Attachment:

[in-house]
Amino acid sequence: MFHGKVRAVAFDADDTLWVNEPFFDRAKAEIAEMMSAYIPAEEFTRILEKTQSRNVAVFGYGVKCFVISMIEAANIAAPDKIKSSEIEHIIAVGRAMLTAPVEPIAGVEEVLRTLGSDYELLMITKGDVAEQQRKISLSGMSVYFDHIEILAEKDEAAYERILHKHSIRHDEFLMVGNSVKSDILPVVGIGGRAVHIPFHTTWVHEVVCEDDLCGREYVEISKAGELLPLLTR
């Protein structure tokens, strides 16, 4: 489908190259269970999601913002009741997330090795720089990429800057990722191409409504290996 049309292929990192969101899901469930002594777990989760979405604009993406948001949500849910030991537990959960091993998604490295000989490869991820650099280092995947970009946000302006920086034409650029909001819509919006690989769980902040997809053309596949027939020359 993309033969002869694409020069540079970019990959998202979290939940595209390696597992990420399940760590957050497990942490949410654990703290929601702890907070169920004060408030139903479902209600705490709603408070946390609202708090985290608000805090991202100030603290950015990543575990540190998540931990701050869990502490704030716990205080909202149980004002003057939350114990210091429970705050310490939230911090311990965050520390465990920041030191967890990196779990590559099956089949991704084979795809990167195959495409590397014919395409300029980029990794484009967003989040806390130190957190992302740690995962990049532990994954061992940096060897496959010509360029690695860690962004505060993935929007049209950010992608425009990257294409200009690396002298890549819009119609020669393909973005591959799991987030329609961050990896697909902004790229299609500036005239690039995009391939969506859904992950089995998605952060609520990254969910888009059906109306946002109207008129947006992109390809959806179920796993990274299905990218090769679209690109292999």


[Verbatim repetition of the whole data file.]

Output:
[in-house]
Amino acid sequence: MFHGKVRAVAFDADDTLWVNEPFFDRAKAEIAEMMSAYIPAEEFTRILEKTQSRNVAVFGYGVKCFVISMIEAANIAAPDKIKSSEIEHIIAVGRAMLTAPVEPIAGVEEVLRTLGSDYELLMITKGDVAEQQRKISLSGMSVYFDHIEILAEKDEAAYERILHKHSIRHDEFLMVGNSVKSDILPVVGIGGRAVHIPFHTTWVHEVVCEDDLCGREYVEISKAGELLPLLTR
């Protein structure tokens, strides 16, 4: 489908190259269970999601913002009741997330090795720089990429800057990722191409409504290996 049309292929990192969101899901469930002594777990989760979405604009993406948001949500849910030991537990959960091993998604490295000989490869991820650099280092995947970009946000302006920086034409650029909001819509919006690989769980902040997809053309596949027939020359 993309033969002869694409020069540079970019990959998202979290939940595209390696597992990420399940760590957050497990942490949410654990703290929601702890907070169920004060408030139903479902209600705490709603408070946390609202708090985290608000805090991202100030603290950015990543575990540190998540931990701050869990502490704030716990205080909202149980004002003057939350114990210091429970705050310490939230911090311990965050520390465990920041030191967890990196779990590559099956089949991704084979795809990167195959495409590397014919395409300029980029990794484009967003989040806390130190957190992302740690995962990049532990994954061992940096060897496959010509360029690695860690962004505060993935929007049209950010992608425009990257294409200009690396002298890549819009119609020669393909973005591959799991987030329609961050990896697909902004790229299609500036005239690039995009391939969506859904992950089995998605952060609520990254969910888009059906109306946002109207008129947006992109390809959806179920796993990274299905990218090769679209690109292999």